I had to include the picture of the peppers because they make me smile, even though I had already posted it on Instagram. Aren’t they beautiful? I was tempted to bring some home just to look at, not being overly fond of peppers, but they were $5.00/pound. And I’d want a bunch to look good, so…
I took a workshop at the Kimbell Art Museum last week related to Japanese printing, although I’m not sure the actual printing actually had anything to do with Japan. We did go into the Asian room and look at all the beautiful screens and looked at slides of others, but they were painted, not printed. Then we had a wooden block and objects to glue onto it to make our printing block. There was a long piece of cotton taped and pinned to the table, so that once we had our blocks ready, we used a brayer to spread paint onto plexiglass. Once the brayer was filled, we rolled it onto the blocks and printed.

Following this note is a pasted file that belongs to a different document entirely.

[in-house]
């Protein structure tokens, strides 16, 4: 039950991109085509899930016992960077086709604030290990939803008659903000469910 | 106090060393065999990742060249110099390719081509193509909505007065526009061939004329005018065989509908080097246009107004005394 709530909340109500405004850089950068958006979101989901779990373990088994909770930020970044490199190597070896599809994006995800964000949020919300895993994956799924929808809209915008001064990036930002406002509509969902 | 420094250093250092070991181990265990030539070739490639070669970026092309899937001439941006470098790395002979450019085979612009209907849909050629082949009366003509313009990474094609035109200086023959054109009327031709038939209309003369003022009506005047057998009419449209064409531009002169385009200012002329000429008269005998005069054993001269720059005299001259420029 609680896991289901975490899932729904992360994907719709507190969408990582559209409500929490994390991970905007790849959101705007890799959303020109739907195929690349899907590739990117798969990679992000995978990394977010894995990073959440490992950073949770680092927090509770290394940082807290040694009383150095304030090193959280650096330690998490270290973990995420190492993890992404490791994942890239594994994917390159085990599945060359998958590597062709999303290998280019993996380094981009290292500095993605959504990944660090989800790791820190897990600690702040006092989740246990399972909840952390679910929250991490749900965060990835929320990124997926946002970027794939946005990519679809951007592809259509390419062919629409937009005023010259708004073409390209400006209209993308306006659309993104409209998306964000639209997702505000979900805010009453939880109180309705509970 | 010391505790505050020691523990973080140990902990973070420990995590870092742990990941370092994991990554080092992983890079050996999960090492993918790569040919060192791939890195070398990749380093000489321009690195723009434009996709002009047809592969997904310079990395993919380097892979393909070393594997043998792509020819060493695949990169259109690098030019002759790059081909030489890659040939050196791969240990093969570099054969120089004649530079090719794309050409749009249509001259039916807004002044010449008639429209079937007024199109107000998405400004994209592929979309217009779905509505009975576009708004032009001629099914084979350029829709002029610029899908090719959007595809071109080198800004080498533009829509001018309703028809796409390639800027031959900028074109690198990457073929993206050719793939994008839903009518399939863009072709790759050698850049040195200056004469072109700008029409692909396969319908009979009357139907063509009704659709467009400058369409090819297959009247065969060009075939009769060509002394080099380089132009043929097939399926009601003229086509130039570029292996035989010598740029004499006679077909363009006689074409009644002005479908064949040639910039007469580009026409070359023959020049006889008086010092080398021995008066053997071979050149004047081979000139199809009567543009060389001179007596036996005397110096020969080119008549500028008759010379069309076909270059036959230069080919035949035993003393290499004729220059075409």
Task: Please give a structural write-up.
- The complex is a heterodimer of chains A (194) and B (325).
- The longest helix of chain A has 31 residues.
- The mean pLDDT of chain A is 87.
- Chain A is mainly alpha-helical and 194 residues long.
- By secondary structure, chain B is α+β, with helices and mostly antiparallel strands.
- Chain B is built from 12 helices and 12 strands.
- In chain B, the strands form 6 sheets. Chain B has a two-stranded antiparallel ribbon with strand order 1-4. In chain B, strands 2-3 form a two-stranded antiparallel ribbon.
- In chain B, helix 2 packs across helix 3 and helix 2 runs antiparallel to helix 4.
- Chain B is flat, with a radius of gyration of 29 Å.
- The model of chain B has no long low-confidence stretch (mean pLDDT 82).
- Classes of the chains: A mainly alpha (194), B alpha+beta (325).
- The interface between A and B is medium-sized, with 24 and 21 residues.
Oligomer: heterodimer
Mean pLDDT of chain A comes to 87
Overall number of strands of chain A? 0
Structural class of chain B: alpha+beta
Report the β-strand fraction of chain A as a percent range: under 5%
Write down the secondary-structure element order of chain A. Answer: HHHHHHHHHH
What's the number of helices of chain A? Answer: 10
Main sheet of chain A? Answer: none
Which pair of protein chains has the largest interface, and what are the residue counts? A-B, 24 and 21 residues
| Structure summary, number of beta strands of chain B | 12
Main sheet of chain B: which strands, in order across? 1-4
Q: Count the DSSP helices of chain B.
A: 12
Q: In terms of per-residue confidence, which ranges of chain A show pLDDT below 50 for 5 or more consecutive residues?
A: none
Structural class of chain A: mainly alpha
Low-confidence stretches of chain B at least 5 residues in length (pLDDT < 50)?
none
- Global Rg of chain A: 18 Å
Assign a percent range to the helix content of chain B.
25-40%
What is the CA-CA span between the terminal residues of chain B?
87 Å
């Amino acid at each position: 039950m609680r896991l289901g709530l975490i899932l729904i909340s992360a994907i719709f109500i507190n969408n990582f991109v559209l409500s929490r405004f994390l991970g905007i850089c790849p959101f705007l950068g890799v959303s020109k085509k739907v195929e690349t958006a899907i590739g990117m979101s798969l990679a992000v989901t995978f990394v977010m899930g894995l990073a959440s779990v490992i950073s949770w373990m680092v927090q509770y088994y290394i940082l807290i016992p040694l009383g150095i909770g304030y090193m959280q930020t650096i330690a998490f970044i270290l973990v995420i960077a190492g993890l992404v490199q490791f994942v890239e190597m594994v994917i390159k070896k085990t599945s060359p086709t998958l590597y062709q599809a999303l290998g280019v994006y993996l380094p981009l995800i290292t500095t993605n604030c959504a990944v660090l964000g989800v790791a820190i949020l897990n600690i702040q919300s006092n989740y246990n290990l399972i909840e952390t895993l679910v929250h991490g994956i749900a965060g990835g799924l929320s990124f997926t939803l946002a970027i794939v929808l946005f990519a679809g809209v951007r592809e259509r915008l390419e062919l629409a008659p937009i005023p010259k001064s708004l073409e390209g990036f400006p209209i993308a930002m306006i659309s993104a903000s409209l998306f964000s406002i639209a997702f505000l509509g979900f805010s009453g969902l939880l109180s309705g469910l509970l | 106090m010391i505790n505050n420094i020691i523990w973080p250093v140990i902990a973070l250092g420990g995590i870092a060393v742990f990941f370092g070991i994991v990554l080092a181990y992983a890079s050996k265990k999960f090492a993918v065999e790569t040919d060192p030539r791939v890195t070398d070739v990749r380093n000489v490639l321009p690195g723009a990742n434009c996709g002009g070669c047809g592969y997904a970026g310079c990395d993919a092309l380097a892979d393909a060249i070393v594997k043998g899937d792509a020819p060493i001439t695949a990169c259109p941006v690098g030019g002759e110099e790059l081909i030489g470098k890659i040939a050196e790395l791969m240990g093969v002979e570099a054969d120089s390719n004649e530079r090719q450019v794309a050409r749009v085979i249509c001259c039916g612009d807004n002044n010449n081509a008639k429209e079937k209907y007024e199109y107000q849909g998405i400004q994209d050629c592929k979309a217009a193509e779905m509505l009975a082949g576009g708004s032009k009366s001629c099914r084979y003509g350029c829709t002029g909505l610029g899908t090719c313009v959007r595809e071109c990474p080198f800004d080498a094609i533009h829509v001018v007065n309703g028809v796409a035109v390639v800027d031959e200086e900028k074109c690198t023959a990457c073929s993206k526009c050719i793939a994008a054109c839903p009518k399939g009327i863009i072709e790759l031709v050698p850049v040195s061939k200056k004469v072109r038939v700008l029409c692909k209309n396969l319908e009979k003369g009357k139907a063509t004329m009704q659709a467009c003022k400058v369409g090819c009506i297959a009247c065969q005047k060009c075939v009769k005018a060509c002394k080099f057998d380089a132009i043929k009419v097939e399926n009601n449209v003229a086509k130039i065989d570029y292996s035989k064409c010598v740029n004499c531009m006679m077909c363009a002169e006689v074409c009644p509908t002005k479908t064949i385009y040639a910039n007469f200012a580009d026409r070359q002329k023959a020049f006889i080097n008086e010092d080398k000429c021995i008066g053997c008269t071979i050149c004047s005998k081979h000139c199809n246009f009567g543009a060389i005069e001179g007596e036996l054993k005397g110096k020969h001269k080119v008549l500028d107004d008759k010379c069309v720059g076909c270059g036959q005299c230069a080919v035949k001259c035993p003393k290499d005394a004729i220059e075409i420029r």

I wanted a random pattern because there’s no way I could get everything to line up, which would frustrate me no end, as that perfection demon sits on my shoulder. Notice how some of the block prints off the “real” fabric. Also notice that the printing looks black, although you can see from the block above that it’s really a dark red. Oh, well. Wonder if it will change if it’s washed.
Below is just the fabric. I see there are a few empty spots.
Maybe I should have done something like this rug in a Target ad, or the other black and white ones designed by Nate Berkus. I really wish I could include a picture here, but don’t want to violate any laws.
My neighbor took much more care, not only to make her block, but in the printing she uses too close-together colors. Nice job!
It’s time to decide what to weave next. This is a part of a cartoon for a weaving. (Ever notice how when you take pictures of paper, it never looks white?) I made the lines right angles but can’s decide if it would be better if they were woven at a different angle. The right angle part was to just keep it simple. Thoughts? Advice?